Donald Trump Isn't Racist Because He Only Sees One Color, According To His Son

The president's second-oldest son went on air to defend his father's character Wednesday morning, but Eric Trump's explanation for why his dad isn't racist was bizarre. "My father sees one color, green," Trump told the hosts of Fox & Friends. "That's all he cares about. He cares about the economy." President Trump recently came under fire for a report that said he called Haiti, El Salvador, and some African nations "sh*thole countries" during a White House meeting last week.

The president defended himself by telling reporters he's "the least racist person"; his son Eric vouched for the same on Wednesday. "He's the least racist person I've ever met in my entire life," Eric said of his father.

The claim that the commander-in-chief only sees the color green was a new one, however. Eric asserted that the president doesn't care about anything except money, much less the color of people's skin, and further argued that Democrats were calling President Trump racist in order to distract from their political agenda.

"What is the message on the Democratic side right now?" Eric asked. "Who are the frontrunners? What do they stand for? They don't stand for anything."

White House press secretary Sarah Huckabee Sanders also called out Democrats this week for asserting President Trump is racist. Rather than suggest the president is colorblind, though, she claimed his TV resume vouched for his character.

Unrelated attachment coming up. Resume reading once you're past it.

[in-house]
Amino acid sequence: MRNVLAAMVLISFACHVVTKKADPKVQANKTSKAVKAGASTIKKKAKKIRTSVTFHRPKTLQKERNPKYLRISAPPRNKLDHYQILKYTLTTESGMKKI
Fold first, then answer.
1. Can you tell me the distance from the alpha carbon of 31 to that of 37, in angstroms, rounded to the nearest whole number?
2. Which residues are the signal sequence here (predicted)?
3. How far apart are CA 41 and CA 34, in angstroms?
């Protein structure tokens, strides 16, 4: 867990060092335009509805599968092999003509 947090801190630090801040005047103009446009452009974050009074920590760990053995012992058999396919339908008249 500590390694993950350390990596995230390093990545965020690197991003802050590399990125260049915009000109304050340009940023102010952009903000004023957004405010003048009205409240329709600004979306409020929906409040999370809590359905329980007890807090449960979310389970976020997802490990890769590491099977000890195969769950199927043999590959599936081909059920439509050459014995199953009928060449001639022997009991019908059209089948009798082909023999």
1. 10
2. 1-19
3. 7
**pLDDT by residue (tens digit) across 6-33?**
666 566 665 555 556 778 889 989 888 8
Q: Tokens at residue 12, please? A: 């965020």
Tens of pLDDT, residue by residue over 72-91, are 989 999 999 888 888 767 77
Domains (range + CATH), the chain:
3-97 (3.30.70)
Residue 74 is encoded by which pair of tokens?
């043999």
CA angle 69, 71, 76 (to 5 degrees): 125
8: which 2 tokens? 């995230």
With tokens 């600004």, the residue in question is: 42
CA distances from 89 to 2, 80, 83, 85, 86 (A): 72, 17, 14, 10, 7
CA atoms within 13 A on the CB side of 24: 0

"Frankly, I think if the critics of the president were who he said he was, why did NBC give him a show for a decade on TV?" she asked reporters on Tuesday. "Why did Chuck Schumer and all of his colleagues come and beg Donald Trump for money?"

Alternatively, President Trump has personally brought up the fact that the unemployment rate for African-Americans is at an all-time low multiple times in the past few days, implying that his actions spurred the decrease. In a Tuesday tweet, the president said:

Unemployment for Black Americans is the lowest ever recorded. Trump approval ratings with Black Americans has doubled. Thank you, and it will get even (much) better!

Eric pushed this assertion a step further on Wednesday, presenting it as further proof that his father isn't a bigot.

"They will never report that African-American unemployment is the lowest it ever been," Eric said on Fox & Friends. "And they'll go out and will call him racist. It's very sad, it's a race to the bottom. They stoop very, very low."

It's true that the unemployment rate for black Americans is down, dipping to 6.8 percent in December after spiking at 16.8 percent in March 2010. However, the change can't entirely be attributed to the Trump administration's actions. As NPR's Danielle Kurtzleben put it:

[A] big problem with that claim is that those rates had been falling for long before Trump took office, and their declines don't appear to have picked up speed. This implies that there's nothing specific that Trump did to change this rate.

Indeed, both of these rates have been falling relatively steadily since around 2010, early in President Obama's tenure in the White House.

African Americas still face higher rates of unemployment than white, Hispanic, and Asian Americans. For comparison, the national unemployment rate was 4.1 percent in December.

Even ignoring flaws in the unemployment debate, Eric's argument that his father doesn't see race is problematic at its core. Zach Stafford explained in The Guardian that "by professing not to see race, you're just ignoring racism, not solving it."

This ideology is very popular – like a racial utopic version of the Golden Rule – but it's actually quite racist. "Colorblindness" doesn't acknowledge the very real ways in which racism has existed and continues to exist, both in individuals and systemically.

In this sense, claiming someone only sees the color green implies that they aren't concerned about race issues in America. Economic injustices do play into systemic racism, but a lower unemployment rate alone doesn't eliminate all inequality.